20. Me.262A 3D Printed Upgrade Set (3DL48085 for Tamiya) 1:48 Eduard SPACE The Tamiya Me.262A is getting quite old now, but it’s still a good kit that would benefit from a new lease of life by adding some modern technology aftermarket to the cockpit. The Eduard SPACE sets use new 3D printing techniques that lay down successive layers of different colour resin, creating highly realistic almost full complete panels that are supplied on a decal sheet. They can depict metallic shades, plus glossy, satin and matt colours too, which really ups the detail on everything they print. In addition, a small sheet of nickel-plated and pre-painted PE is included for the aspects of the set that lend themselves better to this medium, such as seatbelts and rudder pedals. After removing the engraved detail from the kit instrument panel, the flat surfaces have four 3D printed decals added to replace and augment the part, with a choice of a different centre console with an alternative layout of instruments. The side consoles are similarly stripped of their moulded-in details, covered over with new decals, and with a lever on a backing plate on the starboard side, next to the kit fuse board, which has a cut-out in the decal to allow everything to sit well together. The pilot’s seat is then detailed by adding the four-point seatbelts, which also have comfort pads under the buckles, and you should remove the two small pips on the back of the seat before gluing the shoulder harnesses in place. Conclusion I’m a huge fan of 3D printed instrument panels and their ilk, and look out for them whenever I start a new project. This set should give the venerable Tamiya kit an additional boost in detail that is well worth the effort and asking price. Highly recommended. Review sample courtesy of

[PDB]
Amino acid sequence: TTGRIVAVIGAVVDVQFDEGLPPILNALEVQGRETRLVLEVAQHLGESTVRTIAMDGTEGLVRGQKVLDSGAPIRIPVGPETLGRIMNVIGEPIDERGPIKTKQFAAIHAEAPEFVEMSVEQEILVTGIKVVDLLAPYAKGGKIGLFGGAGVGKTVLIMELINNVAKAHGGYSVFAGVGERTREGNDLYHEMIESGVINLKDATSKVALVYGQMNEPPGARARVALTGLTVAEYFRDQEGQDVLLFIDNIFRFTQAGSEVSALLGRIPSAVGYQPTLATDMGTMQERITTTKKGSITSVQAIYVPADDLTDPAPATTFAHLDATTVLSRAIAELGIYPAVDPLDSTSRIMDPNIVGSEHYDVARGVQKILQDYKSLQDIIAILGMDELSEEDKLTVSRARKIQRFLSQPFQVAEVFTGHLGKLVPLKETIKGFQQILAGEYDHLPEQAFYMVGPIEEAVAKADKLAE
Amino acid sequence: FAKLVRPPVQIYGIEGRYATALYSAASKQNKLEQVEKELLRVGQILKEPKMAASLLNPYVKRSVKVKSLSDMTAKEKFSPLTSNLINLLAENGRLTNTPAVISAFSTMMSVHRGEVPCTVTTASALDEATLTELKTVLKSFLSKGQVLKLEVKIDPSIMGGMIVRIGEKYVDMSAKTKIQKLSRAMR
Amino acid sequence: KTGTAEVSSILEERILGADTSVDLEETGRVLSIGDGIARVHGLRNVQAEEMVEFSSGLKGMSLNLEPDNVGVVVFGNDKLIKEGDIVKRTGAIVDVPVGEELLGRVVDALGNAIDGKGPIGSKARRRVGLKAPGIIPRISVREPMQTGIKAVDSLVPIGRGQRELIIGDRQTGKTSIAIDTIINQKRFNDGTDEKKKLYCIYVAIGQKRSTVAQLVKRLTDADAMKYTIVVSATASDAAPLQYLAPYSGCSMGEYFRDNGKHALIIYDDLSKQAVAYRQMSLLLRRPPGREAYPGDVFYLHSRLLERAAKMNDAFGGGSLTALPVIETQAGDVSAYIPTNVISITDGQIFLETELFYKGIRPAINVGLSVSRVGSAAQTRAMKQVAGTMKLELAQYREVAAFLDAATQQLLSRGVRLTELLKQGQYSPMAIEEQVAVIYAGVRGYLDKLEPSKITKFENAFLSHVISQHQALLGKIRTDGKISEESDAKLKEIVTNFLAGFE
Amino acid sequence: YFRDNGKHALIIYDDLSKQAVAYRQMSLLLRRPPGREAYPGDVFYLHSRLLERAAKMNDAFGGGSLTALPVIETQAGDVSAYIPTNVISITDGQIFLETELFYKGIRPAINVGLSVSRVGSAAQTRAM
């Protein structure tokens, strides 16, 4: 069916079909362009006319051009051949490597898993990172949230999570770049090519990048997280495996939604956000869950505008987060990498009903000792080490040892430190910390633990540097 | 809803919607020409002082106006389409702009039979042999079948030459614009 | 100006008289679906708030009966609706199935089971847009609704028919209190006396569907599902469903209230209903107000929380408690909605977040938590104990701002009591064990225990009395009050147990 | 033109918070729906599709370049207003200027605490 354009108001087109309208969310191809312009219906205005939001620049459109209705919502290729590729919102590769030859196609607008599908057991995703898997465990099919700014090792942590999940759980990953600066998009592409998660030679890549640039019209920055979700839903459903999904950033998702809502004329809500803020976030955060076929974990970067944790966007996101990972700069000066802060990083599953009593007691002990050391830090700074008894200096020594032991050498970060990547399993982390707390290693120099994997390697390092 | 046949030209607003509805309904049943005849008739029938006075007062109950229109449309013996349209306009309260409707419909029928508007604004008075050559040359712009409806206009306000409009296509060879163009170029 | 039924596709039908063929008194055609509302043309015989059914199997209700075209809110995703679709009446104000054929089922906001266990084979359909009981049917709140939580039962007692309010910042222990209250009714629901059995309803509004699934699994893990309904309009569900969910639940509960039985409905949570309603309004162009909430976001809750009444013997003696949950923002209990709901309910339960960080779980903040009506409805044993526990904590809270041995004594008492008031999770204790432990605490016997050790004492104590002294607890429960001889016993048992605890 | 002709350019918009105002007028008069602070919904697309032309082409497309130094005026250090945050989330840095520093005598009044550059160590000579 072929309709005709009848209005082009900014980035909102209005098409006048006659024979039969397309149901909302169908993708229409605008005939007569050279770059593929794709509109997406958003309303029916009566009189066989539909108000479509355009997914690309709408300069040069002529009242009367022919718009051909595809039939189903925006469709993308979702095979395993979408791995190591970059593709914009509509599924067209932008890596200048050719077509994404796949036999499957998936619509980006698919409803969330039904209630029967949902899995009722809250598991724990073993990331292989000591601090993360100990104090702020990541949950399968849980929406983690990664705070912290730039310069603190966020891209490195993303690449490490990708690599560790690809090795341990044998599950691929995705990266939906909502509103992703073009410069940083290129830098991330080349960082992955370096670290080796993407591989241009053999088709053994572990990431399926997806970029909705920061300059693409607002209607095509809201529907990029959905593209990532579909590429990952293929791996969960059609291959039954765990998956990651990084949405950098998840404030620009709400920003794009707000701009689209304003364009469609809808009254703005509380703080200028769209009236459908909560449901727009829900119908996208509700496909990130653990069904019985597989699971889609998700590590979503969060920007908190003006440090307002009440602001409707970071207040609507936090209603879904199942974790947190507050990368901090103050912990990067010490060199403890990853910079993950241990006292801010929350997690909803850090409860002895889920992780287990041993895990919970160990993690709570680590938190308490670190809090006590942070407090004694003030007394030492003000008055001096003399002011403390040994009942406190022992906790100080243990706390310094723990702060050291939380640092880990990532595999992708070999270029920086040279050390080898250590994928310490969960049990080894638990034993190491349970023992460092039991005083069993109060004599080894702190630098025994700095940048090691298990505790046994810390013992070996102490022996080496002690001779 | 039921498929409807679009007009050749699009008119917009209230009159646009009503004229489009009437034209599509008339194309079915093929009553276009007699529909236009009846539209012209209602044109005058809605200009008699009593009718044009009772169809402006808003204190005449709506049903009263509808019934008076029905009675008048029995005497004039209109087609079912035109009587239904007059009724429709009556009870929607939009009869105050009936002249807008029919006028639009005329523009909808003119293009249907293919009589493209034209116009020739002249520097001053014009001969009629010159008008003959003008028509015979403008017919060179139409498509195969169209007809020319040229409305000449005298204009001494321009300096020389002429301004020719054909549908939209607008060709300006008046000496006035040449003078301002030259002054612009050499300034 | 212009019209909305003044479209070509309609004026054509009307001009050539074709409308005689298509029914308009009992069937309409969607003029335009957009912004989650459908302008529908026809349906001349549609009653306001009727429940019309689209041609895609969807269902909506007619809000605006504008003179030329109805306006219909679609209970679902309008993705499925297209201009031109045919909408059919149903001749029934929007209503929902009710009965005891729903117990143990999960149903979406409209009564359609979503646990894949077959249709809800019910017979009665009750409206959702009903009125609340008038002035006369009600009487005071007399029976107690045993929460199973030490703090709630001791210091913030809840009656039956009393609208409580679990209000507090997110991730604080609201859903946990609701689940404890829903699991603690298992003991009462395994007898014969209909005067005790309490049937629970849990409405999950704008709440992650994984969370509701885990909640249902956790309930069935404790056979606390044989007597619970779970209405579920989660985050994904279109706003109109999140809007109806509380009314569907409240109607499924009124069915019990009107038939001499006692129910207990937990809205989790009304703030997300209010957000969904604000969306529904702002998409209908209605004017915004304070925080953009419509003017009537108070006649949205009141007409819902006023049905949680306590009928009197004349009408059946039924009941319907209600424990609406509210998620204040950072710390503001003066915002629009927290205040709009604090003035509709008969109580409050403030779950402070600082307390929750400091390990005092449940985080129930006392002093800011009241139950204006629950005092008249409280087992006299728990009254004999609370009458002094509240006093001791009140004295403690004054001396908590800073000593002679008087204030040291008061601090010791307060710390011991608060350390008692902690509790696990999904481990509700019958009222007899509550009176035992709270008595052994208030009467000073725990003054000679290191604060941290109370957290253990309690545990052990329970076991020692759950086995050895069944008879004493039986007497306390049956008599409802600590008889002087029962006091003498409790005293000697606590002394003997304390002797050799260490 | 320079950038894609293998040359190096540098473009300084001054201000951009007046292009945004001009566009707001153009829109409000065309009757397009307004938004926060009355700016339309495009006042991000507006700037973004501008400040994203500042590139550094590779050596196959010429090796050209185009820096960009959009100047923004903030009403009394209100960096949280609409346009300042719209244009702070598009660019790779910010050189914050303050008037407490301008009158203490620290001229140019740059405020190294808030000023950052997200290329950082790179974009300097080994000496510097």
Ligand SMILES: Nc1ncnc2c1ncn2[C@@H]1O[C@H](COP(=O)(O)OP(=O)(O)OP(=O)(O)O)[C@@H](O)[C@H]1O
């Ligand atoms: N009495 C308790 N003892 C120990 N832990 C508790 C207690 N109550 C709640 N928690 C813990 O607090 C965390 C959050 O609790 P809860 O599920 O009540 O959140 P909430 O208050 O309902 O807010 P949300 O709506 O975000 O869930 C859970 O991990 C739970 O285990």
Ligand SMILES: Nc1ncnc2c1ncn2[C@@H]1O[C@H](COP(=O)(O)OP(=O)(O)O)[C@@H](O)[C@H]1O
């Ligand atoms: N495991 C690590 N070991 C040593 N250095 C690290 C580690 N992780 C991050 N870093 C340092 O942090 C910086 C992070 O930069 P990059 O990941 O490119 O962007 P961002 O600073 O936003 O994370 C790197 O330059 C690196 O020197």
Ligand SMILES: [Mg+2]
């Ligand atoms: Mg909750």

21. Bf.109G-14/AS ProfiPACK (82162) 1:48 Eduard The G variant of the Bf.109, colloquially known as the Gustav was one of the primary fighters available to the Luftwaffe during the closing years of WWII, and saw extensive active service, all the while being upgraded to combat the increasing Allied superiority in the air. Happily for the Allies, the supply of experienced pilots was fast running out, so as good as the upgrades were, they couldn't make an appreciable difference to the outcome. The G-14 was brought into service at a crucial time for the Axis forces, as the Allies pushed inland from the beachhead at Normandy, and it had an improved water injection system that gave the engine extra performance, plus the new clear-vision Erla-Haube canopy as standard. It was also an attempt to standardise the design to ease the job of construction, which had become decentralised due to the ferocity of the bombardment of the industrial areas by the Allied bombers at that stage of the war. As a result, few sub-variants were made of the G-14 even though over 5,000 were built, with command fighters and high-altitude variants the main exceptions, but the U4 had a powerful 30mm MK108 cannon fitted through the engine and firing through the centre of the prop. The AS sub-variant was the high-altitude interceptor that ran a DB 605ASM engine that was tuned for altitude, and used a methanol/water mixture dubbed ‘MW 50’ to provide an emergency combat boost for a limited period before it would cause issues. The Kit The 109G has been fairly comprehensively retooled by Eduard from their original, and while this is a new sub-variant some of the sprues date back to their later, more accurate edition. The five-digit product code is a clue to this do-over. The ProfiPACK offers additional decal options as well as other upgrades to the basic kit, and alongside the four sprues of grey styrene you will find one of clear, a sheet of nickel-plated and pre-painted Photo-Etch (PE), a sheet of pre-cut yellow kabuki tape masks (not pictured), two decal sheets and the usual Eduard colour instruction booklet printed on glossy paper. By now most of us are familiar with the fine surface detail and dainty riveting on the outer skin of Eduard’s many Gustav boxings, and the level of detail that has been crammed into this excellent tooling. There are also tons of aftermarket parts available from Eduard for those that want to add even more detail to their models, from engines, cockpits, to wheels, bronze gear legs and flying surfaces. The world really is your oyster when it comes to how much you want to throw at your build, but for many the included PE will be more than adequate. It's all up to you! Predictably the build starts with the cockpit, which has a number of PE controls added to the floor, and a full set of PE instruments that are ready to add to the painted cockpit, as well as the fuel line part that is supplied on the clear sprue because it has a glass section as it runs through the cockpit to allow the pilot easy access for checking if there's fuel reaching the engine. A hump between the pilot’s knees caters for the breech of the cannon fitted to this sub-variant, and a full set of painted crew belts are supplied on the PE fret, plus rudder pedals for good measure. More PE is attached to the cockpit sidewalls, and with all that glued and painted you can close up the fuselage around it, not forgetting the fixed tail wheel for two options, with a spinner back-plate fitted to the front of the fuselage, and the exhaust stubs with their slide-moulded hollow tips inserted from inside into their slots, with or without a flare shield that was useful during night flying. The upper nose cannon insert and supercharger intake fit into their respective areas, and a set of optional flame deflectors made from PE are added over the exhaust stacks to prevent blinding the pilot in low light flying, while giving the modeller a more realistic thickness to them. The G-14 had a couple of options for the tail fin, with the increased use of non-strategic wood, so the fin base is moulded to the fuselage, while the tip is separate with a vertical hinge-line. The rudder is separate, and you have a choice of two, one of which needs a little material removed from the trailing edge, as indicated in red. The fin depicted in this step is the cranked hinge-line variant that isn’t used in this boxing, so just ignore the fact that the rudder wouldn’t fit the fin as shown. The fixed tail wheel with gaiter for three of the decal options is fitted to a recess under the tail at this point too. The lower wing halves are full span, and you need to open up two holes for a centre-line rack and insert a clear part in the port wing for the antenna’s electrical isolator. The wheel bay sides are in three segments and mate with the inner surface of the upper wings to give an excellent level of detail once finished, with a tunnel added that receives the strut. A small pair of rectangular panel lines are scribed into the fuselage just in front of the windscreen using a PE template that is provided on the sheet, and a pair of teardrop masks are supplied for the wingtip lights, which are moulded into the wing, but can easily be replaced by cutting out the area and fitting some clear acrylic sheet of a suitable thickness, then sanding it to shape and polishing it back to clarity. A depression depicting the bulb can be drilled in the clear part before gluing to further enhance the look if you feel so motivated. Separate leading-edge slats, ailerons and flaps are supplied, with the latter fitting around the radiator bays under the wing, which have PE grilles front and rear. A scrap diagram shows the correct orientation of the parts to ensure that both layers align correctly as per the real thing. The narrow-track landing gear consists of a single strut with moulded-in oleo scissor, a captive door that glues against it, and the one-piece tyre with separate hubs on each side. The legs fit into sockets in the wheel bays, and horn balances are fitted to the ailerons, a choice of styles of antenna under the wing is added, and a small PE access panel is glued under the fuselage behind the wing trailing edge. Before fitting the canopy, the clear gunsight must be partially painted and fitted to the top of the instrument panel, and a pair of PE grab handles are attached to the inside of the windscreen, which should be partially painted RLM66 inside or outside before the exterior colours. The Erla-style canopy opener also has PE parts added plus the pilot's head armour and a short aerial on the rear, with a PE retaining wire included for posing the canopy open. A manual starter handle is also present in case you wanted to show your G-14/AS in a more candid pose on the ground. The prop is a single part and is sandwiched by the back plate and spinner before being inserted into the hole in the front of the fuselage. Two styles of external fuel tank are supplied, one with a flat bottom edge for additional ground clearance, and the other with a smoother exterior. These fit on a rack that sits on the centreline for all markings options, a rudder trim actuator is fitted, and a small twig antenna is fitted to all options with a tiny circular base, both of which are made of PE. Markings The main markings are carried on the larger sheet, while the stencils are on the smaller one. Stencils are drawn on a separate page of the instructions to reduce repetition and clutter, and each marking option has a page all to itself to cut down on confusion and give the modeller good sized diagrams to follow. From the box you can build one of these five options: WNr.784938, III./JG6, Bissel, Germany, January 1945 WNr.783891, Fw. Heinz-Paul Müller, 9./JG300, Jüterbog-Damm, Germany, Autumn 1944 Lt. Walter Köhne, CO of 6./JG 11, Wunsdorf, Germany, October 1944 Wnr.785185, Lt. Heinz Schüler, 16./JG5, Stavanger-Forus, Norway, March 1945 WNr.785083, Sgt. Magg. Aroldo Burei, 1° Squadriglia, 1° Gruppo, Caccia ANR, Malpensa, Italy, April 1945 The masks (not pictured) cover the armoured glass in the pilot's head armour, the wheel hubs and of course the canopy, with the curved part having frame-hugging masks that need filling in the compound curved areas with scrap tape or liquid mask. These are a great time-saver and the fit of them is usually spot-on, and the only masks that are better would be if you picked up a set of Tface masks, also from Eduard that allow you to paint the canopy internally, as well as the usual exterior paint-job. I’m a big fan of those. The decals are printed by Eduard and are in good registration, sharpness and colour density, with a thin gloss carrier film cut close to the printed areas. The stencils are on a separate sheet, and are marked on a page of the booklet, separate from the rest of the markings to avoid confusion from trying to read overly busy diagrams. Don’t forget that as of 2021, the carrier film from Eduard decals can be coaxed away from the printed part of the decal after they have been applied, effectively rendering them carrier-free, making the decals much thinner and more realistic, and obviating the need to apply successive coats of clear varnish to hide the edges of the film. It’s a great step further in realism from my point of view. Conclusion These are superb kits from Eduard, and they are priced well, considering the detail and markings options included. They don't bother with novelties such as magnets to hold cowlings in place, but if you should perchance want to show off your engine, you can get a superbly detailed resin unit separately and those that don't want to show off their engines don't have to pay for parts they aren't going to use. The G is my personal favourite, so I'm more than happy to see another one from Eduard. Very highly recommended. Review sample courtesy of